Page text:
The girls have found my love for cats… In my first week here, we discovered that a cat that belongs to a family who live right above us on our little hill had kittens. One night after dinner when one of the nannies was visiting with some of our neighbors, one of the little neighbor girls who also attends our school came with kittens in her hands! She began handing cats to the girls, but I was unaware because I was working on homework with a few in the other room. Soon after the kittens were beginning to make their way into our house, the girls began shouting,
“Carina, close your eyes!! Close your eyes and reach out your hands!”
I did as they said, opened my hands on the table I was using and a moment later there was a little furry-squirming-something in my hands. When I opened my eyes, I couldn’t believe it! A little kitten! I screamed and all the girls laughed… They were elated. They told me it was the first day the kittens had opened their eyes so you can imagine how little they are, especially here in the barrio where cats seem to be two sizes smaller than the average cat in the states.
That night I named that little cat Pepper, and they all thought it was hilarious when I told them the word in Spanish… They couldn’t believe I would name an animal after a spice, and then I followed with telling them I have a cat at home that is called Noodle.
So that is my little joke with the neighbors. Every time I walk outside and walk up and down our hill when I come and go I’m always asking, “where’s my gatito?! Where’s my pepper?!” At least I used to ask them all until a woman who is a self proclaimed witch and the grandmother/mother of many that live near us told me it was HER cat, not mine… But that is another story….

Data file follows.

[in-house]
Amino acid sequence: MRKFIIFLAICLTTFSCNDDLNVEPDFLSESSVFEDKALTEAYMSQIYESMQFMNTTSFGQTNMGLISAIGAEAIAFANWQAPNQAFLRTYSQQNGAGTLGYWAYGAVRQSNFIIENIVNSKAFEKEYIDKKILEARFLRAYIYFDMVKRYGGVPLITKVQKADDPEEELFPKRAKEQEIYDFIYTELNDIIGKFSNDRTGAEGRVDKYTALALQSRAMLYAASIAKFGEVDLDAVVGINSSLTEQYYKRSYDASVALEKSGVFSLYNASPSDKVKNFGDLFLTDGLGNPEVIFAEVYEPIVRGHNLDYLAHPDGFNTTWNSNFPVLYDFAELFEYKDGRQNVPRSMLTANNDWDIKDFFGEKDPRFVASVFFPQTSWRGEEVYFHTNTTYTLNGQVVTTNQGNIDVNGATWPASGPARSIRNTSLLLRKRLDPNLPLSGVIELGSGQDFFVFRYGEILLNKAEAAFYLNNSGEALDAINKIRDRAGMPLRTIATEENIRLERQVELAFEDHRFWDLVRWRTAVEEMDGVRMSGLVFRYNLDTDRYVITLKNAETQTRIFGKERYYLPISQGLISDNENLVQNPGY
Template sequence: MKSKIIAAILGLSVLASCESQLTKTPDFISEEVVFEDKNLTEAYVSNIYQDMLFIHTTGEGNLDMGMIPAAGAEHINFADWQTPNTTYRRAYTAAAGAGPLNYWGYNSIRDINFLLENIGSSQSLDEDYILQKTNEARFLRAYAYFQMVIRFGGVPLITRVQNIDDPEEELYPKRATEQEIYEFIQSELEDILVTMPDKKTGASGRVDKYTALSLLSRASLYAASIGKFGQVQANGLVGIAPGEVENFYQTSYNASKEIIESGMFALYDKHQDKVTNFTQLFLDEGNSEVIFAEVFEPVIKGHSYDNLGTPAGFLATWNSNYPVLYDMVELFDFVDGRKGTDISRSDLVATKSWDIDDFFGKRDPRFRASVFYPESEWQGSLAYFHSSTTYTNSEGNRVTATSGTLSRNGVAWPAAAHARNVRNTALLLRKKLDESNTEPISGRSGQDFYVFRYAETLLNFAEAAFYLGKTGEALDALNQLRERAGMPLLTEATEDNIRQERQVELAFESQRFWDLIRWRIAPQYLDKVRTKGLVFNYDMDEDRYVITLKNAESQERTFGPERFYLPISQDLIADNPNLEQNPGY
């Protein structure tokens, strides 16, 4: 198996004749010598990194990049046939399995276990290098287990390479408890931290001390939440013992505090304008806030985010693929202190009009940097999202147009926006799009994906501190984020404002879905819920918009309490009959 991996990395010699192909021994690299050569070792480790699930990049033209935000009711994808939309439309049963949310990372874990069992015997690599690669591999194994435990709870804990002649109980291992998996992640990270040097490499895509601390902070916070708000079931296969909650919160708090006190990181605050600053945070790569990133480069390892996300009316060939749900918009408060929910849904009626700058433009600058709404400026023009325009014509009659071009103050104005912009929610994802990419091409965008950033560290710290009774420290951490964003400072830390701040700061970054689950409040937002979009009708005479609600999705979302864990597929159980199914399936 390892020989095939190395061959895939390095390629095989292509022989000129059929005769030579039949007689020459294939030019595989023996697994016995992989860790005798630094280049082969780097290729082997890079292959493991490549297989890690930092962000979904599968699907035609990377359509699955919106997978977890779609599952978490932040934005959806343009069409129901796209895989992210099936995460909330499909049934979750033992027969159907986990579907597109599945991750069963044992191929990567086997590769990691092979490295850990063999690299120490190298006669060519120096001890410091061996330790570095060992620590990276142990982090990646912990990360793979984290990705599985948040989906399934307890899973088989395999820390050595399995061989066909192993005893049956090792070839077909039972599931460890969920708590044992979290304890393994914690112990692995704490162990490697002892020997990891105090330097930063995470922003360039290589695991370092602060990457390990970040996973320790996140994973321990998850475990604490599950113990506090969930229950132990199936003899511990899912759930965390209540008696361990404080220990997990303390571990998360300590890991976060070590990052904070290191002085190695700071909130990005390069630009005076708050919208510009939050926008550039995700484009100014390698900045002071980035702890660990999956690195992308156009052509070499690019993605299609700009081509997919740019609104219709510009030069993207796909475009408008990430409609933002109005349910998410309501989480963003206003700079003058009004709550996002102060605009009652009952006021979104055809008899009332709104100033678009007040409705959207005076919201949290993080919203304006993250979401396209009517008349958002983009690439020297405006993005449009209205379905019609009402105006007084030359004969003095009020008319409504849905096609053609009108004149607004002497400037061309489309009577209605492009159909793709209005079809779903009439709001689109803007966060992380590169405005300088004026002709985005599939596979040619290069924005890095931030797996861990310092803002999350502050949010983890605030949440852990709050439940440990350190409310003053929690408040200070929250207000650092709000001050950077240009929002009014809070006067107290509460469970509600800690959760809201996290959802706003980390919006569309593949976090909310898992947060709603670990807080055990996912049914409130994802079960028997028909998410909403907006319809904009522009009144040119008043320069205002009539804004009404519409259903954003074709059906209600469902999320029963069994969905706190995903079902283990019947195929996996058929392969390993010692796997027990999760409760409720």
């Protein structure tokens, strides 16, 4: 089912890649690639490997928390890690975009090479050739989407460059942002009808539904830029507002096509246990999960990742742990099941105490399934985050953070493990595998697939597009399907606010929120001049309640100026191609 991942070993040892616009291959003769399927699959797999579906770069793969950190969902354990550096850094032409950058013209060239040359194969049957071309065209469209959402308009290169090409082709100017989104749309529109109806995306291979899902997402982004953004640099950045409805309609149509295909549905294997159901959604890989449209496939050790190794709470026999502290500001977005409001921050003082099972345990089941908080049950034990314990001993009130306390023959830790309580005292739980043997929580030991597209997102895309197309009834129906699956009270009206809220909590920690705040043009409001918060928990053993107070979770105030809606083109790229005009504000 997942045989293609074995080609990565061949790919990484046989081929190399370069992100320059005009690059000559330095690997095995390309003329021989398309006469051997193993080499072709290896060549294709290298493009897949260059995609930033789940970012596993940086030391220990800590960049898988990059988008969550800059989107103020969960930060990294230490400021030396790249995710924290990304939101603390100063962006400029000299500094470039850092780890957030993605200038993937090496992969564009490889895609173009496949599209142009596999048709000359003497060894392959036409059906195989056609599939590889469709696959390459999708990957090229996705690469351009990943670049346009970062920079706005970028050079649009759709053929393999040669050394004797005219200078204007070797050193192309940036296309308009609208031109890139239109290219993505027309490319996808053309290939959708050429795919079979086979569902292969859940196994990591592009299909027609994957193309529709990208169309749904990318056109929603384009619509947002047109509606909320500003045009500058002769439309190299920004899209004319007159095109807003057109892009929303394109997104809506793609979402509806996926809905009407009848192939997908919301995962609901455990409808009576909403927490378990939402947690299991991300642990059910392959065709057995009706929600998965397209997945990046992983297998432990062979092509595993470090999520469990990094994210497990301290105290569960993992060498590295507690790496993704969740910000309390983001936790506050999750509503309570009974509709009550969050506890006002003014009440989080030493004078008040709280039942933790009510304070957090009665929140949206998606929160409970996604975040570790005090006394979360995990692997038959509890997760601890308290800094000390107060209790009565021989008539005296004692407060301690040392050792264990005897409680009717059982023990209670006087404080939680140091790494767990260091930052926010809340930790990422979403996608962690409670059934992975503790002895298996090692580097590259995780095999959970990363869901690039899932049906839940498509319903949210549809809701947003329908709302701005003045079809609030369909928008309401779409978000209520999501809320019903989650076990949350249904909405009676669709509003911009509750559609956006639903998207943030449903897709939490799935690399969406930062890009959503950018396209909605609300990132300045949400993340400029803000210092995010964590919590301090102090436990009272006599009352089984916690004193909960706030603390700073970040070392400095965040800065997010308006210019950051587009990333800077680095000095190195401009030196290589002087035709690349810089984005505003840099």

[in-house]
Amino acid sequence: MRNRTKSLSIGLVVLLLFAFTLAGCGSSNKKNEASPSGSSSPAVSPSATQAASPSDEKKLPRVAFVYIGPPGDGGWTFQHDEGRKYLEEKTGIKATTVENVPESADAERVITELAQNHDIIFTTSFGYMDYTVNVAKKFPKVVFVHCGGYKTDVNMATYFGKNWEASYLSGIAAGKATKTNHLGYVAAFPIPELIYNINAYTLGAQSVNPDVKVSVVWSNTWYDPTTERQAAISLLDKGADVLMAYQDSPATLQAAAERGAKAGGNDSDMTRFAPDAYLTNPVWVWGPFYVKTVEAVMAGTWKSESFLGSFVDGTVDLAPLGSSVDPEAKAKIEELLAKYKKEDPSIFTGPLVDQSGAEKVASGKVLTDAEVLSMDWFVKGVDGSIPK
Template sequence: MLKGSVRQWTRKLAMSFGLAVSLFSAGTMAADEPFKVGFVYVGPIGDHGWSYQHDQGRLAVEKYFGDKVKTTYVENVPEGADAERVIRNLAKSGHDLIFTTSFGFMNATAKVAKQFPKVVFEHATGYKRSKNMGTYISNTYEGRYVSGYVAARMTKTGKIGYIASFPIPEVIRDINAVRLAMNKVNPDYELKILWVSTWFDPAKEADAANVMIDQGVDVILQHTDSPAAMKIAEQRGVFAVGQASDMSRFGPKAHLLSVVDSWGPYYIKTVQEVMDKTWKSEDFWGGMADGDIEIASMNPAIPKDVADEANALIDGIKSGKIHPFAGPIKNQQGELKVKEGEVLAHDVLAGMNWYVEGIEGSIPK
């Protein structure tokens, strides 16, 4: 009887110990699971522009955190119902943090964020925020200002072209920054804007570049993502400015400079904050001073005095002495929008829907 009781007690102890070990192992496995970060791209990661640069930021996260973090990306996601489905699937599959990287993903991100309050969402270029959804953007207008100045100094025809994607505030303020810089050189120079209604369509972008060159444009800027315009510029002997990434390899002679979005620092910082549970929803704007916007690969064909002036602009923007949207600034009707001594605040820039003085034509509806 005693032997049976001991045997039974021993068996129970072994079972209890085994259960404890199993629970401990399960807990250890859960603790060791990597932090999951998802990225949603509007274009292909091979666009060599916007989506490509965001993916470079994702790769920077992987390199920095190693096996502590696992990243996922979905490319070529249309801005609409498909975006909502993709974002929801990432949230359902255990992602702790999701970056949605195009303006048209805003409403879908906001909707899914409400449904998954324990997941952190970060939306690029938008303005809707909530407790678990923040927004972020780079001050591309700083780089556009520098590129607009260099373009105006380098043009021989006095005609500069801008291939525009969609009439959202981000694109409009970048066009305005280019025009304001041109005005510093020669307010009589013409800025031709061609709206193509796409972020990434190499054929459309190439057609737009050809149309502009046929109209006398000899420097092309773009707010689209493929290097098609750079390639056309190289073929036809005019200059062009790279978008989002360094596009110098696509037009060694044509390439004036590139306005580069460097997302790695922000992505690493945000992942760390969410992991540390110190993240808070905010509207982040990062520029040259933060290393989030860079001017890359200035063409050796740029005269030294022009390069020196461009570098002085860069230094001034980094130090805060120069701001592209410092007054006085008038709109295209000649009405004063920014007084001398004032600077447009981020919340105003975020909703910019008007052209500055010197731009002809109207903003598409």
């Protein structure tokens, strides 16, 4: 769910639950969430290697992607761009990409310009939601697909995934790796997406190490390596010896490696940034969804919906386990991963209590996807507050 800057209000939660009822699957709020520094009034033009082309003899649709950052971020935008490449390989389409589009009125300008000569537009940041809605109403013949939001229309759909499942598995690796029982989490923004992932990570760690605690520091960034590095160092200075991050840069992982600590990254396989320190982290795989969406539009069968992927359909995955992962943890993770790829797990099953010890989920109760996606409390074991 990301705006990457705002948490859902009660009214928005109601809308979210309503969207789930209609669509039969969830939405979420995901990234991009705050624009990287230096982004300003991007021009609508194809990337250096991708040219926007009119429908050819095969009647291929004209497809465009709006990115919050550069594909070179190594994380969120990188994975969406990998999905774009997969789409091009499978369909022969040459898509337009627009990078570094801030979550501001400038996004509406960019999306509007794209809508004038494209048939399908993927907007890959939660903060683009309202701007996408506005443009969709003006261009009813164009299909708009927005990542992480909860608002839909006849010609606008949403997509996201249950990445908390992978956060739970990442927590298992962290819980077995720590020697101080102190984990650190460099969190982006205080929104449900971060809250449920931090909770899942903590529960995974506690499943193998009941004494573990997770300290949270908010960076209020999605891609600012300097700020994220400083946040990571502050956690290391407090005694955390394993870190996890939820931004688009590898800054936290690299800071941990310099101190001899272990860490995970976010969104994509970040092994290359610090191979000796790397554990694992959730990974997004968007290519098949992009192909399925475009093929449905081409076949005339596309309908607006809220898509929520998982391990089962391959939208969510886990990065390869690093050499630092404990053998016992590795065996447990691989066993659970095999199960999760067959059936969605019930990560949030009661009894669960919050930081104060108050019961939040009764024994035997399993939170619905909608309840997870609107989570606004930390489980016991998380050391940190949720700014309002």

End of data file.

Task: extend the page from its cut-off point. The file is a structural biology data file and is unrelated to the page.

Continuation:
After my love for cats was discovered, others started sharing with me the different pets that they’ve had over the years. It’s sad because many animals die young because of diseases, malnutrition, and different bugs they catch here so many of their stories don’t end well but I understand why after all of the street animals I’ve seen here.
Throughout all the story telling one of the girls, let’s call her Emily, told me that their dog just had five puppies the other week, and I squeeled with excitement myself, “oh my gosh you have to bring them here!!!” She smiled and laughed and told me,
“Oh I don’t think I can do that, but I will ask my grandma if you can come with me and see them.”
I wanted to ask her again, just to make sure I heard it right. “Oh you mean, I can come see them?”
“Yeah- I think so! Just let me ask.”
I was bursting with excitement and wonder… I began praying… This was something I had dreaming of- getting to meet these girl’s families, seeing more of the barrio, adventuring and exploring alongside ones that live a life outside the walls I see them in day after day.
The next day Emily came to me,
“Carina- my grandma said you can come! So, when can you? What would be a good time?”
Oh wow, I thought. The opportunity is here. Before confirming a time, I wanted to wait and check with Joy to make sure this was something safe and I was able to engage in. In the next couple days I let her know about the invitation and she gave me the go. I made plans to go the next week to see Emily’s puppies and meet her family. She doesn’t live with us full time but attends school during the week with her two cousins that also attend here as well. They live together with their grandparents and two brothers in a home far and high up on a hill overlooking the barrio. Joy told me it would be a trek, but that the view is so incredibly beautiful.
So Monday came and when Emily arrived she asked me, “My grandparents are ready for you today, you’re still coming right?”
Was I still coming?! Of course I was… I was in prayer over this visit, I had great anticipation, I believed the Lord had something in store and I was committing it all unto Him and asking that He would pour out favor and beauty into these new relationships.